Not the 'Australian way': critics leap on goal-shy Socceroos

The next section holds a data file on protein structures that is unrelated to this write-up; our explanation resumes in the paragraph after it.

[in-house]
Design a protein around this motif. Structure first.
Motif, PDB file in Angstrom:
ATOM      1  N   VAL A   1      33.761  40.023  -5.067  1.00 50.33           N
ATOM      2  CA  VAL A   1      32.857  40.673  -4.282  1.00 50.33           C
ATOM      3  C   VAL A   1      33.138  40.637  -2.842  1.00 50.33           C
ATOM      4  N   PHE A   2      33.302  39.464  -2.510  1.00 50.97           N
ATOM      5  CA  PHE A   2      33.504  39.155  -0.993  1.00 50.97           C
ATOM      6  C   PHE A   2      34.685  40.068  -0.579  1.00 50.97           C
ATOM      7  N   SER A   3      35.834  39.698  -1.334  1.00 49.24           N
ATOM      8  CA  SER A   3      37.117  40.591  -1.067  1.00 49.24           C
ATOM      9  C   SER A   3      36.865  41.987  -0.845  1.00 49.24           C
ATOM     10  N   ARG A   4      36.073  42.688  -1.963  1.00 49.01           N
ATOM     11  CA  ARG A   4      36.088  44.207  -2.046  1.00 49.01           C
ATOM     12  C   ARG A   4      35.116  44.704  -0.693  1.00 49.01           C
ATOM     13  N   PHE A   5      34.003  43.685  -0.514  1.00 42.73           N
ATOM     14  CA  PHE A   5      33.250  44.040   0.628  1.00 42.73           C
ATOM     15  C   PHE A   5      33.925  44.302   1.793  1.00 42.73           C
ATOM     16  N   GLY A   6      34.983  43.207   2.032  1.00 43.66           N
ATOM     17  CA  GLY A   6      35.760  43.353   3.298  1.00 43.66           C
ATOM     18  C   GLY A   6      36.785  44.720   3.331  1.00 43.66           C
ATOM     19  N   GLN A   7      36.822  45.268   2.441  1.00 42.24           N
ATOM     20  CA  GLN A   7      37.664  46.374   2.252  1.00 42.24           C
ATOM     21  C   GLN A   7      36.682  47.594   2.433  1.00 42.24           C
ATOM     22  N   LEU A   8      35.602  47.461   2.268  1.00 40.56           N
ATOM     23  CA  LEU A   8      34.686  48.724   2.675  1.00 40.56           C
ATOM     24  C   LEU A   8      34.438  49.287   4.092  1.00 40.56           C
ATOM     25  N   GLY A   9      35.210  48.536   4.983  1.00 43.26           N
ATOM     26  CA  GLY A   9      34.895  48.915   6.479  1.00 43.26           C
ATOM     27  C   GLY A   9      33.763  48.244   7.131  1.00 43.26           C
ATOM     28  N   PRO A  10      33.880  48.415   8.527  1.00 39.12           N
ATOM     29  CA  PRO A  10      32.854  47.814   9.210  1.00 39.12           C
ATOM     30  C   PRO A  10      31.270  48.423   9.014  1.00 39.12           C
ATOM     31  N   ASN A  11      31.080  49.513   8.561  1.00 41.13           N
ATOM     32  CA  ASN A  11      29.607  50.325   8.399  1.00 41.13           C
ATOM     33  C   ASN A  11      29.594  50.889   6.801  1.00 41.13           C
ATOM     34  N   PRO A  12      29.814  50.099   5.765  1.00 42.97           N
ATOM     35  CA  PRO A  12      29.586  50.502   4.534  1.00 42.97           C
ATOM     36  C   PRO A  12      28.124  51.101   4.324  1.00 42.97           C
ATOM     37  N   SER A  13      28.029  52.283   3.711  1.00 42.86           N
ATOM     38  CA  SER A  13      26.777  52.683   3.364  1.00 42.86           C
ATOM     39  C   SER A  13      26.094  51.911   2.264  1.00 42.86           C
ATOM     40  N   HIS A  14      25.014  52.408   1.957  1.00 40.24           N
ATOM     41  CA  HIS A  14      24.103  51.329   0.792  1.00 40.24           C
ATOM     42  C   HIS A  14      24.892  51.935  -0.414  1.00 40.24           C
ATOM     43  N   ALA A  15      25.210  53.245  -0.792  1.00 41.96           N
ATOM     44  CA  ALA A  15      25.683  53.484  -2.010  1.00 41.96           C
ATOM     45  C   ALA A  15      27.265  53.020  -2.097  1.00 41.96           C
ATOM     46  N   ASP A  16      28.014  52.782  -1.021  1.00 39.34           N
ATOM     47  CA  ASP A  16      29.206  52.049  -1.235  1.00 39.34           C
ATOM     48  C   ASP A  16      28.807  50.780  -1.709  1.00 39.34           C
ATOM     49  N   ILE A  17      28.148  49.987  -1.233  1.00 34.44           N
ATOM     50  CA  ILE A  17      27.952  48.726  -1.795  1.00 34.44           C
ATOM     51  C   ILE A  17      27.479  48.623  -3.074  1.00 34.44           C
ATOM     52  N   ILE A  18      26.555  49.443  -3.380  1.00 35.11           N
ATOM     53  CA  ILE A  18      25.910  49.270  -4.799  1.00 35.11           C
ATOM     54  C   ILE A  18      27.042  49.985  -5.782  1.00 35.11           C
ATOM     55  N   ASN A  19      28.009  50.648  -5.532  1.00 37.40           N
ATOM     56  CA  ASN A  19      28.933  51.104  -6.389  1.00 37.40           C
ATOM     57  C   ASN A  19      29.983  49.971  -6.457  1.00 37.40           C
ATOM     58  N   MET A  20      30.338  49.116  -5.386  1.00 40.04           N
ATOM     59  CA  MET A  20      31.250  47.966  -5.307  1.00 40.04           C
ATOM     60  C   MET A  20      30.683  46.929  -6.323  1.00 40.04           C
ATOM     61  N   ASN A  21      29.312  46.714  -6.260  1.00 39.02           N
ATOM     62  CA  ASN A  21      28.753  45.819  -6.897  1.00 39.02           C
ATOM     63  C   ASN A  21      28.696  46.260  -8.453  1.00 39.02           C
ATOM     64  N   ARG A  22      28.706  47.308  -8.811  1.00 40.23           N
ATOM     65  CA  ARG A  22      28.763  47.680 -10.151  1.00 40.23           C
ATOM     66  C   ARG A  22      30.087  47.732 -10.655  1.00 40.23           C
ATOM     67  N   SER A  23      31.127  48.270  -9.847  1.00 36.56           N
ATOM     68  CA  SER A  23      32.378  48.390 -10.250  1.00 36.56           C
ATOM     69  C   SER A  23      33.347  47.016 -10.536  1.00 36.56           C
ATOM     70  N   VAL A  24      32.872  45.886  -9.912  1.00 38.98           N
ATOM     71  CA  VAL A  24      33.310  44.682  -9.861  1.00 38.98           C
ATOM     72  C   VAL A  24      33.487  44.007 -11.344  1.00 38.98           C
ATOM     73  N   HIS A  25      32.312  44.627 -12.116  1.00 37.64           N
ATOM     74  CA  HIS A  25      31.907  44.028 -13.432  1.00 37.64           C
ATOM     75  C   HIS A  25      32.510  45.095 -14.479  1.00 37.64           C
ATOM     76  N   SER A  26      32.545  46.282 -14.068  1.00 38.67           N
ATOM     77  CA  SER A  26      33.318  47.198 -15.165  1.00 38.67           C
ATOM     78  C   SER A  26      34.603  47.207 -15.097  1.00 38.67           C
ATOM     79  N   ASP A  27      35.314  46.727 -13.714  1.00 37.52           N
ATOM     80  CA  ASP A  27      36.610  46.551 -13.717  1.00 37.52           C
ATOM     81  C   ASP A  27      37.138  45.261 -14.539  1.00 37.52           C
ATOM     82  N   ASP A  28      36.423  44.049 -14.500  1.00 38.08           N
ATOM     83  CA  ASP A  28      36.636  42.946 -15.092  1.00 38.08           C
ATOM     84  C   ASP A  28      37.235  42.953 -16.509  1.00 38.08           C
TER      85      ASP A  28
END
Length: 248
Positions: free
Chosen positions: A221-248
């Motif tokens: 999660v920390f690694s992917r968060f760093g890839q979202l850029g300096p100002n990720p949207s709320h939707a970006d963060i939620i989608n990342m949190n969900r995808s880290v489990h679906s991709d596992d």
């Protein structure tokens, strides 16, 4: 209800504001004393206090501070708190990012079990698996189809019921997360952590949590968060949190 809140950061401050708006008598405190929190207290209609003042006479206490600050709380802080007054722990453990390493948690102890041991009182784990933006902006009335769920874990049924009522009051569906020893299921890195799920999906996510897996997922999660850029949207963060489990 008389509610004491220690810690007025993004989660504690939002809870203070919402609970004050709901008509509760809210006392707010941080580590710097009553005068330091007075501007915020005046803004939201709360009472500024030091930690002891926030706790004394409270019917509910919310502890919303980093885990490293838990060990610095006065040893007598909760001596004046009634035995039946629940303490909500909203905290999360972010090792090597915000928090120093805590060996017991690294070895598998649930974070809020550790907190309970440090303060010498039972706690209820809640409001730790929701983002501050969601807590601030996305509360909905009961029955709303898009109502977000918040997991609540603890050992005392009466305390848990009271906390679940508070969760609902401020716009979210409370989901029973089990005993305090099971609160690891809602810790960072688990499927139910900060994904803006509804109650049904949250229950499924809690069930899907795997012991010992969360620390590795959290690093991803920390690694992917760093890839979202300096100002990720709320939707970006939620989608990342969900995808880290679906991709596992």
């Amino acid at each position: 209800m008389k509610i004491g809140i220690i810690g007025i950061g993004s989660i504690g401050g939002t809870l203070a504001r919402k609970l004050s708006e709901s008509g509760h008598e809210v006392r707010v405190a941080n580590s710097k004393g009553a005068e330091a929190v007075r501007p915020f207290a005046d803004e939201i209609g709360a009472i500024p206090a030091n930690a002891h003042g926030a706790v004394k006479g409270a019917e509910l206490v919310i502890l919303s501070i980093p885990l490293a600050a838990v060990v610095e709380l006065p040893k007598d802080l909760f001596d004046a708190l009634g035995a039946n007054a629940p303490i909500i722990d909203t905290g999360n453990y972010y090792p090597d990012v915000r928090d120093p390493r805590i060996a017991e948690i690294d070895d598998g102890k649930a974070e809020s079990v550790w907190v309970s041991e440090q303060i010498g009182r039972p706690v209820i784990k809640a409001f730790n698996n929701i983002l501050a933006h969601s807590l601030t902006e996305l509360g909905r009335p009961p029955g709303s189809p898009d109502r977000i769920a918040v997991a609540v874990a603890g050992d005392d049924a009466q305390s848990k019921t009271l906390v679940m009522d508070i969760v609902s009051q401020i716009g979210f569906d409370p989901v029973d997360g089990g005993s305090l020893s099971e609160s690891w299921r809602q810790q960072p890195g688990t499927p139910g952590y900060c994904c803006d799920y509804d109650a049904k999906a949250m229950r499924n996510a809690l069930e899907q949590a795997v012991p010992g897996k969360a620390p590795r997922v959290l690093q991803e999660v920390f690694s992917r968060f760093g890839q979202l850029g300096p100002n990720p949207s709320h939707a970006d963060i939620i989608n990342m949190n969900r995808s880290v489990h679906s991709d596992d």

Australia's footballers were urged to rediscover their cutting edge and sense of direction as they headed home after a winless World Cup where they failed to score any goals from open play. National media called it a "meek exit" as the Socceroos, under caretaker coach Bert van Marwijk, lost 2-0 to Peru to finish bottom of Group C -- their third straight failure to reach the knock-out rounds. The reigning Asian champions only scored two goals in three matches, both penalties drilled in by captain Mile Jedinak, highlighting their lack of a top-class striker. Graham Arnold will now take over for his second stint as coach after Ange Postecoglou walked out in November, a turn of events which prompted Dutchman van Marwijk's hiring as an interim measure. "There are valuable lessons to be learned. At this level you need a quality number nine, someone who can take their chances. If you don't you will get punished," said The Australian's football writer Ray Gatt. "To go through the tournament without scoring a goal in open play pretty well sums it up." TV commentator Craig Foster criticised van Marwijk's tactics after the Dutchman -- who took the Netherlands to the 2010 World Cup final -- abandoned the more adventurous approach employed by Postecoglou. "We threw out a plan of four years and went with a completely different strategy and in the end, we should be looking at it and saying, 'When we went at these teams, we showed what we could do it,' but we didn't do it enough," Foster said. "That wasn't the Australian way, no... that wasn't what we're capable of in terms of a football country. I can't accept that." - 'Ruthlessly exploited' - With veteran Tim Cahill widely expected to retire after only a cameo appearance in Russia, and the emergence of exciting prospect Daniel Arzani, there is likely to be a changing of the guard under Arnold. "Brave? Unlucky? Perhaps, but Russia has exposed the Socceroos to the brutal World Cup realities," said the Sydney Daily Telegraph, adding that their lack of a goalscorer was "ruthlessly exploited". "Is Australia's player pool too shallow and did this team do as well as could be expected of them? Is the A-League doing enough to aid the Socceroos?" National broadcaster ABC said that "Australian football needs clarity, ambition, direction, rejuvenation". "Mile Jedinak described a feeling of 'emptiness' after the tournament-ending loss to Peru, and it's a feeling most Socceroos fans will share," national broadcaster ABC said. "Not just for the meek exit in Sochi, but for the overwhelming sense this is a footballing country without a sense of direction." Van Marwijk described the team's Russia campaign as "not a success but also not a failure" and some fans took heart from what they saw. "That hurts! Well done @Socceroos you made the Football World take more notice... unfortunately couldn't punish the teams with our great opportunities!" tweeted Mitchell Duke. Fellow user Peter Tesch added: "Not the Socceroos' day. Well done, Peru. But proud of the @Socceroos and @FFA and of the fans for the great spirit and commitment they have shown to date." Record goal-scorer Tim Cahill made only a cameo appearance. Australia finished bottom of Group C.